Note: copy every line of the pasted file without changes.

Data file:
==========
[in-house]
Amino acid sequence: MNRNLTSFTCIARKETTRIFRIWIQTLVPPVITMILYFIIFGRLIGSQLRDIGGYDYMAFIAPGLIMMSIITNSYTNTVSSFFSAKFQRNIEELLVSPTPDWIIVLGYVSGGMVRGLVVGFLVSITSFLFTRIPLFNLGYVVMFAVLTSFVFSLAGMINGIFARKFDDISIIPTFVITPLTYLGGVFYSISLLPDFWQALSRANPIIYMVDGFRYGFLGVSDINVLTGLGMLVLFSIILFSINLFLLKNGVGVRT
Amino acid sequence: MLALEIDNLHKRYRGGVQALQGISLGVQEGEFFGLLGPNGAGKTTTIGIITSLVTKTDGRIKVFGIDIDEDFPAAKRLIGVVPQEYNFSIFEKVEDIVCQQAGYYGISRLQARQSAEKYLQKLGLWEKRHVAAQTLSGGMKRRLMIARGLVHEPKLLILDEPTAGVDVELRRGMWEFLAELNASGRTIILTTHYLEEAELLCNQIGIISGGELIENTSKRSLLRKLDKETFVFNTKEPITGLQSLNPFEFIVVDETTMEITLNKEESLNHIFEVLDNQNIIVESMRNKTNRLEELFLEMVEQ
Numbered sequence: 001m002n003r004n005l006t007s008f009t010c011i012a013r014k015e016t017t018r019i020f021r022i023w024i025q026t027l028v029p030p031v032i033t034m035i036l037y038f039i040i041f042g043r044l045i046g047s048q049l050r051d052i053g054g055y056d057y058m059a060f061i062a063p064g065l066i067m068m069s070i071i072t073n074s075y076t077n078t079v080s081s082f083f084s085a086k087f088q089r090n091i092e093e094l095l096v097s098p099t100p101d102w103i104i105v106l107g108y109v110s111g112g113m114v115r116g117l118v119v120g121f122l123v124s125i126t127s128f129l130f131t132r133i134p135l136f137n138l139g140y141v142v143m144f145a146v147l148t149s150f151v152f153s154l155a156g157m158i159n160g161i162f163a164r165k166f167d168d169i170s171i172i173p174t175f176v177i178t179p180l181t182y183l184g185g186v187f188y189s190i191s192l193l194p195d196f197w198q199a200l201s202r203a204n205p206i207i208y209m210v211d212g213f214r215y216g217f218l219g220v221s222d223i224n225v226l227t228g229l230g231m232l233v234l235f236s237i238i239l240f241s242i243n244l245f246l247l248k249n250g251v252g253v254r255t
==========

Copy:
[in-house]
Amino acid sequence: MNRNLTSFTCIARKETTRIFRIWIQTLVPPVITMILYFIIFGRLIGSQLRDIGGYDYMAFIAPGLIMMSIITNSYTNTVSSFFSAKFQRNIEELLVSPTPDWIIVLGYVSGGMVRGLVVGFLVSITSFLFTRIPLFNLGYVVMFAVLTSFVFSLAGMINGIFARKFDDISIIPTFVITPLTYLGGVFYSISLLPDFWQALSRANPIIYMVDGFRYGFLGVSDINVLTGLGMLVLFSIILFSINLFLLKNGVGVRT
Amino acid sequence: MLALEIDNLHKRYRGGVQALQGISLGVQEGEFFGLLGPNGAGKTTTIGIITSLVTKTDGRIKVFGIDIDEDFPAAKRLIGVVPQEYNFSIFEKVEDIVCQQAGYYGISRLQARQSAEKYLQKLGLWEKRHVAAQTLSGGMKRRLMIARGLVHEPKLLILDEPTAGVDVELRRGMWEFLAELNASGRTIILTTHYLEEAELLCNQIGIISGGELIENTSKRSLLRKLDKETFVFNTKEPITGLQSLNPFEFIVVDETTMEITLNKEESLNHIFEVLDNQNIIVESMRNKTNRLEELFLEMVEQ
Numbered sequence: 001m002n003r004n005l006t007s008f009t010c011i012a013r014k015e016t017t018r019i020f021r022i023w024i025q026t027l028v029p030p031v032i033t034m035i036l037y038f039i040i041f042g043r044l045i046g047s048q049l050r051d052i053g054g055y056d057y058m059a060f061i062a063p064g065l066i067m068m069s070i071i072t073n074s075y076t077n078t079v080s081s082f083f084s085a086k087f088q089r090n091i092e093e094l095l096v097s098p099t100p101d102w103i104i105v106l107g108y109v110s111g112g113m114v115r116g117l118v119v120g121f122l123v124s125i126t127s128f129l130f131t132r133i134p135l136f137n138l139g140y141v142v143m144f145a146v147l148t149s150f151v152f153s154l155a156g157m158i159n160g161i162f163a164r165k166f167d168d169i170s171i172i173p174t175f176v177i178t179p180l181t182y183l184g185g186v187f188y189s190i191s192l193l194p195d196f197w198q199a200l201s202r203a204n205p206i207i208y209m210v211d212g213f214r215y216g217f218l219g220v221s222d223i224n225v226l227t228g229l230g231m232l233v234l235f236s237i238i239l240f241s242i243n244l245f246l247l248k249n250g251v252g253v254r255t